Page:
Sign up ×
Stack Overflow is a community of 4.7 million programmers, just like you, helping each other. Join them; it only takes a minute:

Using Java's Calendar or something else, let's say I set the date to 2012-10-26. I want this date to be the first day of a year. Is it possible to get the week number of a specific date -let's say it's 2012-12-10- assuming that the first week of the year starts from 2012-10-26?

I know my question sounds a little weird, but I could use any useful input.



I have a database table called WeeklySchedule. In this table I have columns starting from Week1 to Week52, and every column have some data about the days of that week. Unfortunately, Week1 is not really the first week of the year. I need to do my calculations assuming that Week1 starts from 2012-08-26.

share|improve this question
Show us some code. – Nambari Oct 26 '12 at 4:43
Tried anything? At least gone through the documentation of Calendar> – Rohit Jain Oct 26 '12 at 4:49
@Nambari I added some details about my problem. Unfortunately, I don't have any working code right now, because I don't know how to deal with this problem. – Alican Ozgoren Oct 26 '12 at 4:56
@RohitJain yes I tried to manually set the Calendar date to 2012-08-26, and then set the WEEK_OF_YEAR to 1; but when I change the WEEK_OF_YEAR, the date changes automatically. No luck. – Alican Ozgoren Oct 26 '12 at 4:59

2 Answers 2

up vote 2 down vote accepted

Here's one approach using the Calendar API:

private static final Calendar START_CAL = createAugust26th2012Cal();

public int getWeekNumber(Calendar someCal) {
    int theWeek = someCal.get(Calendar.WEEK_OF_YEAR);
    int weekCount = 0;
    while (theWeek != START_CAL.get(Calendar.WEEK_OF_YEAR)) {
        someCal.add(Calendar.WEEK_OF_YEAR, -1);
        theWeek = someCal.get(Calendar.WEEK_OF_YEAR);
    return weekCount;

Or you could get the diff (in millis) between two calendars and divide the result by the number of millis in a week:

If you use this approach, don't forget to take TimeZones and Daylight Saving Time into account.

I can't remember exactly what the code looks like to compensate for DST, but I think it's something like this: (I can't quite remember if you add the offset to or subtract the offset from the two operands)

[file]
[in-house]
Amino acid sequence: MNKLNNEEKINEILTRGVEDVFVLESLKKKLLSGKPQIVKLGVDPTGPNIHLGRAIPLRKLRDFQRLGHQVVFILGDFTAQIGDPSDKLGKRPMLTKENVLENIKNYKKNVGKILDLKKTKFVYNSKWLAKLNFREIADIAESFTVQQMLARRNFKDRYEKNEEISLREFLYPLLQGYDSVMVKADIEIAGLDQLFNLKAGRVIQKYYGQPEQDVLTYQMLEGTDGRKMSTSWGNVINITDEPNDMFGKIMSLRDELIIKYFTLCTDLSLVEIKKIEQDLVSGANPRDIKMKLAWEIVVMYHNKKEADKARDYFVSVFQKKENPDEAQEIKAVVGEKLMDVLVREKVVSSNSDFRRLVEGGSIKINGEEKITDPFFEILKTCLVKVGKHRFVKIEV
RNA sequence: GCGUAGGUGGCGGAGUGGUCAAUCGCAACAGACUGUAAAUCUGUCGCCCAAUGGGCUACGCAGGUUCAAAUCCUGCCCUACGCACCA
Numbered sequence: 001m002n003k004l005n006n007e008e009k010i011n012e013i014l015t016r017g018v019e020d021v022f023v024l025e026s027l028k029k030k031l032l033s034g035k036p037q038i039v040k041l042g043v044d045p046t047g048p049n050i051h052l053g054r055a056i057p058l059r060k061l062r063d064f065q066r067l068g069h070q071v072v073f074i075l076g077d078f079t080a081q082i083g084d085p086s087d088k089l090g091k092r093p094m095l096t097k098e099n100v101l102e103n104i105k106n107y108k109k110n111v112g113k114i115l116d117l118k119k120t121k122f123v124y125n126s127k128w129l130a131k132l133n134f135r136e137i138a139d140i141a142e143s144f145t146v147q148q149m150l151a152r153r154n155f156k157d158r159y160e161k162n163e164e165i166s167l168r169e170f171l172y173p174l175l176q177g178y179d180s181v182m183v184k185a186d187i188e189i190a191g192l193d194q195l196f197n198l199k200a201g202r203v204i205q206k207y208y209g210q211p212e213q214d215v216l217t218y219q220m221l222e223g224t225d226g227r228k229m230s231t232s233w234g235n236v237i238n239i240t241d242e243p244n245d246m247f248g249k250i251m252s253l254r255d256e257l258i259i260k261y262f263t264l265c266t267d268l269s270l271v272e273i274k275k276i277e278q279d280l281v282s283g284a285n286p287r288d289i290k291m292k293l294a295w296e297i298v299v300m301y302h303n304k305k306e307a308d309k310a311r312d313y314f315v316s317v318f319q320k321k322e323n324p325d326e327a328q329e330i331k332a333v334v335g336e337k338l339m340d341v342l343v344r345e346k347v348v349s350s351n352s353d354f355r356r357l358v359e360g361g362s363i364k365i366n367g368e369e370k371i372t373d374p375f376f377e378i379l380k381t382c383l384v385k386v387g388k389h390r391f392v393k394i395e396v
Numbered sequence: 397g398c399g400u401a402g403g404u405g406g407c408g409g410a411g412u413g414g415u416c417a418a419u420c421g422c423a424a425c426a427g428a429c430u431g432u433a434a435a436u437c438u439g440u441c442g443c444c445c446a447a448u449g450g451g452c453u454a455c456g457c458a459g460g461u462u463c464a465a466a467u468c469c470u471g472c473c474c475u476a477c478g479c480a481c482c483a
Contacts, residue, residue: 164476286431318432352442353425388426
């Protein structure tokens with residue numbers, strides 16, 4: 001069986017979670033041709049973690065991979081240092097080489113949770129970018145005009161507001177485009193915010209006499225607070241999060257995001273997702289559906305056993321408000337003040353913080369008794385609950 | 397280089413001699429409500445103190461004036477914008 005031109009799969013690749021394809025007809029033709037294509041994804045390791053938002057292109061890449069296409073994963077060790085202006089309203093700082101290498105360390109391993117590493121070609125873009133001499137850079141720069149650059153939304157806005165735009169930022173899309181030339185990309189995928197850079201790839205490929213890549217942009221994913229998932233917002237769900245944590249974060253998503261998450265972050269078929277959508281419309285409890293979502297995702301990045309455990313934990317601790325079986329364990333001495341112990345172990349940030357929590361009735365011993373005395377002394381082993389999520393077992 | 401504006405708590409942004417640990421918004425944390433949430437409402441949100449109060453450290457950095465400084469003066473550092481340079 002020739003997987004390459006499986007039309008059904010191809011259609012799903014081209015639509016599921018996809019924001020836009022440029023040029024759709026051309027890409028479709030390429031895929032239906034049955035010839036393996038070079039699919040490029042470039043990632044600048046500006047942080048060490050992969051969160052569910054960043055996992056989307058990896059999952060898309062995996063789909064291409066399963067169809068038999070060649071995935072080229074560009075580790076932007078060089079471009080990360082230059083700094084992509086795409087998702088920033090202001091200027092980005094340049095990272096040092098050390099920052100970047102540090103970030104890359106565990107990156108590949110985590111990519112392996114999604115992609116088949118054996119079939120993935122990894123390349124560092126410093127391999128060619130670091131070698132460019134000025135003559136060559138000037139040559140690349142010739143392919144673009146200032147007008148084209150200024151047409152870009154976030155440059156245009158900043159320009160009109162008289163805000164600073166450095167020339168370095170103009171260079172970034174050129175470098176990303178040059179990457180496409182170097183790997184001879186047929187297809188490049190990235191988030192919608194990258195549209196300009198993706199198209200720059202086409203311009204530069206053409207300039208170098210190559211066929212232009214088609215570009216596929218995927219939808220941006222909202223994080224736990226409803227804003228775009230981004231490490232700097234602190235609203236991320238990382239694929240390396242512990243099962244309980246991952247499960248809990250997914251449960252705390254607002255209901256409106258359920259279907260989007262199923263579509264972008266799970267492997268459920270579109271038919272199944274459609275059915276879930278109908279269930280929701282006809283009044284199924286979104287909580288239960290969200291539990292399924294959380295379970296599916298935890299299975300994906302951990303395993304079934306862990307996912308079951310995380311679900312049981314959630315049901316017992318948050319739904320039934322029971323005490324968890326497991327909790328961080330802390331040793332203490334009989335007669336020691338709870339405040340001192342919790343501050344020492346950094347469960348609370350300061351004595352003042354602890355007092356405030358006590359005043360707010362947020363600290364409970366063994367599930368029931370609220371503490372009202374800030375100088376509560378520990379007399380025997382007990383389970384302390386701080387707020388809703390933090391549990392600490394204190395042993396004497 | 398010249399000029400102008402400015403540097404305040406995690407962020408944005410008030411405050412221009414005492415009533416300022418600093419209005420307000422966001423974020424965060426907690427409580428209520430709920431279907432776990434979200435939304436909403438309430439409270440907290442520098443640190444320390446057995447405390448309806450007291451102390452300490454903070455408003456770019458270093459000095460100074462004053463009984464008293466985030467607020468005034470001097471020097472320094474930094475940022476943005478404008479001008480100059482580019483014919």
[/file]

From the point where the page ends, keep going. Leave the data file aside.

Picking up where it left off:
private static final long ONE_WEEK_MILLIS = 1000 * 60 * 60 * 24 * 7;

public int getWeeksBetween(Calendar calOne, Calendar calTwo) {
    long millisOne = calOne.getTime().getTime();
    long millisTwo = calTwo.getTime().getTime();
    long offsetOne = calOne.getTimeZone().getOffset(millisOne);
    long offsetTwo = calTwo.getTimeZone().getOffset(millisTwo);
    long diff = (millisTwo - offsetTwo) - (millisOne + offsetOne );
    return diff / ONE_WEEK_MILLIS;
share|improve this answer
Actually, I'm already using this approach, but I think it's not the best approach. There should be another dynamic way to do it. – Alican Ozgoren Oct 26 '12 at 6:28
I'm not sure why you would expect this kind of code to exist in a library. It takes very little work to implement yourself. The other approach I'd suggest is to subract the time between two dates in milliseconds and divide by the number of millis in a week (then round the result). Don't forget to take into account TimeZones if you do it this way! – jahroy Oct 26 '12 at 6:31
+1 for working code. – Adam Stelmaszczyk Oct 26 '12 at 8:44
@jahroy I have just realized something about the first code piece that you gave: assuming that the start date is "08-26-2012" and the someCal date is "2013-03-16", the weekCount will be 28, and the DAY_OF_WEEK will be 7 (saturday). If we keep the start date same, and change someCal to "2013-03-17", the weekCount will stay the same, but the DAY_OF_WEEK will be 1 (sunday). In that case, weekCount should be 29. Is that some kind of Calendar bug, or a logic error in your code? – Alican Ozgoren Oct 27 '12 at 8:29
@alicozgo - now that i think about it, that code should use Calendar.add(Calendar.WEEK_OF_YEAR, -1) in stead of roll. that should fix it. (i'm at a football game now). – jahroy Oct 27 '12 at 21:52

I haven't ever seen a built-in function for this, only calls like Calendar.get(WEEK_OF_YEAR) or Joda's LocalDate.getWeekOfWeekyear(). java.util.Calendar (and Date) is often regarded as a bad library, compared to a library like Joda Time. This SO post has a good list of pros and cons.

Note that if your database table applies to year after year repeats across a year, you may run into trouble. Some years (71 years per 400, or about 1 every 5.6) have 53 weeks.

Given the above, you may want to settle for an approximation, such as counting the number of days between the two dates divided by 7 (all mod 52), which will slip by a small amount each year, or calculating (weekOfYear(date) - weekOfYear(startDate)) % 52, which may repeat a week around the beginning of the calendar year.

share|improve this answer
+1 for the note of some years having 53 weeks. – J.A.I.L. Oct 26 '12 at 6:28

Your Answer


By posting your answer, you agree to the privacy policy and terms of service.

Not the answer you're looking for? Browse other questions tagged or ask your own question.